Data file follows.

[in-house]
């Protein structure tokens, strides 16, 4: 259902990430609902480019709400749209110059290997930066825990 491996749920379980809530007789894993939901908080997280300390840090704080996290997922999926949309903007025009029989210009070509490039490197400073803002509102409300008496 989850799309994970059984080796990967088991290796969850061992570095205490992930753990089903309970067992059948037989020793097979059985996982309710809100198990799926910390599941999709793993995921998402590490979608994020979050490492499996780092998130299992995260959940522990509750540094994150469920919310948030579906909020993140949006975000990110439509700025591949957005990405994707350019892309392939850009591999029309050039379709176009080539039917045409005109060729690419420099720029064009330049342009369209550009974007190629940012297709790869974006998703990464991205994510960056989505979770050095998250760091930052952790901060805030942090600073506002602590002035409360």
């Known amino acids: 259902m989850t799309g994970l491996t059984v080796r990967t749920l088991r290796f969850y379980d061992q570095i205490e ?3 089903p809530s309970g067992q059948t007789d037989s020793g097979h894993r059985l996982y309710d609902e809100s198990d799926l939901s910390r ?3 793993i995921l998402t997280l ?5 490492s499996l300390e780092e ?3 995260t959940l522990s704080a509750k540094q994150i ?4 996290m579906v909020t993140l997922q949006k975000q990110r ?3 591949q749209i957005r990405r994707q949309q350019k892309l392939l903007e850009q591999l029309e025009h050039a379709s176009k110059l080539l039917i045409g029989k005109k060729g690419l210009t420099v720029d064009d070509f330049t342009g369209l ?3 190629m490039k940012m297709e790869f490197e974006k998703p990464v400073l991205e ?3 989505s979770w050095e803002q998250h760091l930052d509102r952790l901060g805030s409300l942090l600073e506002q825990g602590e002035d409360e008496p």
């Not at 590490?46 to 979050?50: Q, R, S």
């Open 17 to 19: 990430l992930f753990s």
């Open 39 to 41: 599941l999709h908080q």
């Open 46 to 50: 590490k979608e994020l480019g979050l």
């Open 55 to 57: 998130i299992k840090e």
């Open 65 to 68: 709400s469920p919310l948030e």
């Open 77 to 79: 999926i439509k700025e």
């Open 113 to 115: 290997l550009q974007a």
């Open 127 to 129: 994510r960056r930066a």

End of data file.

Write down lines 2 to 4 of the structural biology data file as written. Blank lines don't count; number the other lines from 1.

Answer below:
């Protein structure tokens, strides 16, 4: 259902990430609902480019709400749209110059290997930066825990 491996749920379980809530007789894993939901908080997280300390840090704080996290997922999926949309903007025009029989210009070509490039490197400073803002509102409300008496 989850799309994970059984080796990967088991290796969850061992570095205490992930753990089903309970067992059948037989020793097979059985996982309710809100198990799926910390599941999709793993995921998402590490979608994020979050490492499996780092998130299992995260959940522990509750540094994150469920919310948030579906909020993140949006975000990110439509700025591949957005990405994707350019892309392939850009591999029309050039379709176009080539039917045409005109060729690419420099720029064009330049342009369209550009974007190629940012297709790869974006998703990464991205994510960056989505979770050095998250760091930052952790901060805030942090600073506002602590002035409360």
């Known amino acids: 259902m989850t799309g994970l491996t059984v080796r990967t749920l088991r290796f969850y379980d061992q570095i205490e ?3 089903p809530s309970g067992q059948t007789d037989s020793g097979h894993r059985l996982y309710d609902e809100s198990d799926l939901s910390r ?3 793993i995921l998402t997280l ?5 490492s499996l300390e780092e ?3 995260t959940l522990s704080a509750k540094q994150i ?4 996290m579906v909020t993140l997922q949006k975000q990110r ?3 591949q749209i957005r990405r994707q949309q350019k892309l392939l903007e850009q591999l029309e025009h050039a379709s176009k110059l080539l039917i045409g029989k005109k060729g690419l210009t420099v720029d064009d070509f330049t342009g369209l ?3 190629m490039k940012m297709e790869f490197e974006k998703p990464v400073l991205e ?3 989505s979770w050095e803002q998250h760091l930052d509102r952790l901060g805030s409300l942090l600073e506002q825990g602590e002035d409360e008496p």
């Not at 590490?46 to 979050?50: Q, R, S």